Take note when employees isolate themselves or seem unusually quiet. That might be a sign of stress or overload, which is when an employee needs support the most. Take care when assigning projects that it's the right group for the task, and designate who will support whom in what aspects of the project.

Use a digital task management platform to help employees stay organized as they collaborate on projects. Ask them to post updates in the task comments to keep everyone on the same page.

With these four tips, workplaces don't just become friendlier: Employees make very real friendships that can bring the whole company together.

Related: 7 Ways to Create a Friendly Environment at Work

Matt Straz

Founder and CEO of Namely

Matt Straz is the founder and CEO of Namely, the HR and payroll platform for the world's most exciting companies.

Want to be an Entrepreneur Leadership Network contributor? Apply now to join.

Business News

Kickstarter Is Opening Up Its Platform to Creators and Making Big Changes to Its Model — Here's What's New

The company noted it is moving beyond traditional crowdfunding and making it easier for businesses to raise more money.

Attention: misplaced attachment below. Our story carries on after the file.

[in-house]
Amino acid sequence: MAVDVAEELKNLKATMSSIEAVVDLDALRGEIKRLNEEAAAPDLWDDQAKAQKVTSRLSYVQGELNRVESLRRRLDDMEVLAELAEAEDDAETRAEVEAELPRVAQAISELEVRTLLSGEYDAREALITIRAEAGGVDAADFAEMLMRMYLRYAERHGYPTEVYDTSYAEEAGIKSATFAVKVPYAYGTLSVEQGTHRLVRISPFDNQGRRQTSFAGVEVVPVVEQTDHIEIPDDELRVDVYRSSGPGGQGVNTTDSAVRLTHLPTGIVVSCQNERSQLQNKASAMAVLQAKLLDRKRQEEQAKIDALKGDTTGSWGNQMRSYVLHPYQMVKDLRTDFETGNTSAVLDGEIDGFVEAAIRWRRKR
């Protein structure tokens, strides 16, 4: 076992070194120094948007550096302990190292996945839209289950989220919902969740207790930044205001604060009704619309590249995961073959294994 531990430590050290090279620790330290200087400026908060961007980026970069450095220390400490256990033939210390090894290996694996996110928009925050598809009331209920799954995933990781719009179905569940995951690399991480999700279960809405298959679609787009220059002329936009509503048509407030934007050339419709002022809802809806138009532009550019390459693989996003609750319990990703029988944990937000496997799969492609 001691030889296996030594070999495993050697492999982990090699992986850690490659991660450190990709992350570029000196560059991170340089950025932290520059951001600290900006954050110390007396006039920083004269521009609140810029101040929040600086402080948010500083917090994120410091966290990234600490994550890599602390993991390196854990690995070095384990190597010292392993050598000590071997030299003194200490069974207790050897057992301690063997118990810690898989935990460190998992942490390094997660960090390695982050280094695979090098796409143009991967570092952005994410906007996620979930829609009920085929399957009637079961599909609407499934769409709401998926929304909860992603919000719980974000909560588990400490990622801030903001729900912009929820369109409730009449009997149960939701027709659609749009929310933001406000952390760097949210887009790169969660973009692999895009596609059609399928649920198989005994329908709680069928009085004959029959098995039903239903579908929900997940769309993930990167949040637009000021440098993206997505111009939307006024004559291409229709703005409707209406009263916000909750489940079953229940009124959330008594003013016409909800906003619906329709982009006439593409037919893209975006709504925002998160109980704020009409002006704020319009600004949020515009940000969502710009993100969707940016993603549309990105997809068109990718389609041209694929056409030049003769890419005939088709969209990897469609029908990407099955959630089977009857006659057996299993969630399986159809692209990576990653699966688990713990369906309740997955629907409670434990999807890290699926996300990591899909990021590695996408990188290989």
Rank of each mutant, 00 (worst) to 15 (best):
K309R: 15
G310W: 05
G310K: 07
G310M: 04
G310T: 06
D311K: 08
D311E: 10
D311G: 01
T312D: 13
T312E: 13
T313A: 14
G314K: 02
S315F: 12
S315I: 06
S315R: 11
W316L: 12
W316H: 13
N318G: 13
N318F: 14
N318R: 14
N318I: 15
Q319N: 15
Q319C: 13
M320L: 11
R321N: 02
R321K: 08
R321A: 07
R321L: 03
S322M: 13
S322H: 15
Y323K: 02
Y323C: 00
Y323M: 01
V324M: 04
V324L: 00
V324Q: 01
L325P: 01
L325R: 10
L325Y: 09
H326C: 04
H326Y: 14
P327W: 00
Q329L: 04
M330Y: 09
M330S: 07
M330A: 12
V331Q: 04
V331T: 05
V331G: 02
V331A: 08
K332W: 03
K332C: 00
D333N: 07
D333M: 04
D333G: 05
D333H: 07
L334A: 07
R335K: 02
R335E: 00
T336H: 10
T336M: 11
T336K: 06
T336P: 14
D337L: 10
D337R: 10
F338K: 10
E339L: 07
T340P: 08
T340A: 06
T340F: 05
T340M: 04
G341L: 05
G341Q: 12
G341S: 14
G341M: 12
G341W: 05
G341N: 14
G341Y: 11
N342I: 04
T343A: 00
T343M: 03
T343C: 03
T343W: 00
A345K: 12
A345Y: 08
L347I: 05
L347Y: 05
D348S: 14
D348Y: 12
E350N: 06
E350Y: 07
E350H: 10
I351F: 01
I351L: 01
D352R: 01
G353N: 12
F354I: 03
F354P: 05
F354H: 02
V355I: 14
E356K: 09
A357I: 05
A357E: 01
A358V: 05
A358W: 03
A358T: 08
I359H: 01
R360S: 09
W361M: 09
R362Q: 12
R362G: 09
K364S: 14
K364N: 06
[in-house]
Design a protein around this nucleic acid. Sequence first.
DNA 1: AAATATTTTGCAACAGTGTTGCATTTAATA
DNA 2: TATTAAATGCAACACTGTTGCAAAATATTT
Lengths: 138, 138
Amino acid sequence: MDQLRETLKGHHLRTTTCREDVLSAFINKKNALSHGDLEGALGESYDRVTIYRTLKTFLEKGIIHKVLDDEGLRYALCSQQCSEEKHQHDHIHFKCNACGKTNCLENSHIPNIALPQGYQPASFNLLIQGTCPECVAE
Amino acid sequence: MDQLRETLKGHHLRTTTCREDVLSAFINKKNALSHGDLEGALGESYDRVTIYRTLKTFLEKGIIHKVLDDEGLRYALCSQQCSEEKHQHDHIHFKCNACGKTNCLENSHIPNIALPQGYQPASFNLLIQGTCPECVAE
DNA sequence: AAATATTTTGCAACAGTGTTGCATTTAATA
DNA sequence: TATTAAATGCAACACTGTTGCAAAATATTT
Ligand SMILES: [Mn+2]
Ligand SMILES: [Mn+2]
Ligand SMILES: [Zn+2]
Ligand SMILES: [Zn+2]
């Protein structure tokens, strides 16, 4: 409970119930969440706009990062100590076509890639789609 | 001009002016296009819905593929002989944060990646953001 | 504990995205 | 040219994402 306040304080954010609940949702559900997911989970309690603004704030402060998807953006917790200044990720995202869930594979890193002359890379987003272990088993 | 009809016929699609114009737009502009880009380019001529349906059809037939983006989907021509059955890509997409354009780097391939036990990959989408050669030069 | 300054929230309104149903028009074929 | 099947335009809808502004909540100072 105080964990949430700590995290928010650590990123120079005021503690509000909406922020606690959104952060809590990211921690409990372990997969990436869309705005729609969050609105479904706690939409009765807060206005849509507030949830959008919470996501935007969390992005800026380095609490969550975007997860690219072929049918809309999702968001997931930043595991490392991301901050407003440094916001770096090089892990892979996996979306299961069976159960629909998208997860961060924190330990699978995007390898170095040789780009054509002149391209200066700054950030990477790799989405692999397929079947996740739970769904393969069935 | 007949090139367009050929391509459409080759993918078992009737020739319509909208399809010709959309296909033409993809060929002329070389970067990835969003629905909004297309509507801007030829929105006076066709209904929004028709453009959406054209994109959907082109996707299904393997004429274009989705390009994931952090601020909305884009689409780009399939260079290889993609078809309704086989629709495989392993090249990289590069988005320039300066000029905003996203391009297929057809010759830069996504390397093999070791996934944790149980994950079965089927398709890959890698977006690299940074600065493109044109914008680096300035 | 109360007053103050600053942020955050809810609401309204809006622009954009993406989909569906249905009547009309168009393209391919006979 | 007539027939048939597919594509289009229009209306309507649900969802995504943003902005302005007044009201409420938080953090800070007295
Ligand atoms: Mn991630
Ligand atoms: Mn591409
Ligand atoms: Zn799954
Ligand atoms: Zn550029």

Business Culture

The Psychological Impact of Recognition on Employee Motivation and Engagement — 3 Key Insights for Leaders

By embedding strategic recognition into their core practices, companies can significantly elevate employee motivation, enhance productivity and cultivate a workplace culture that champions engagement and loyalty.


Know The Franchise Ownership Costs Before You Leap

From initial investments to royalty fees to legal costs, take stock of these numbers before it's too late.

Employee Experience & Recruiting

Beyond the Great Resignation — How to Attract Freelancers and Independent Talent Back to Traditional Work

Discussing the recent workplace exit of employees in search of more meaningful work and ways companies can attract that talent back.


What the Mentality of the Dotcom Era Can Teach the AI Generations

The internet boom showed that you still need tenacity and resilience to succeed at a time of great opportunity.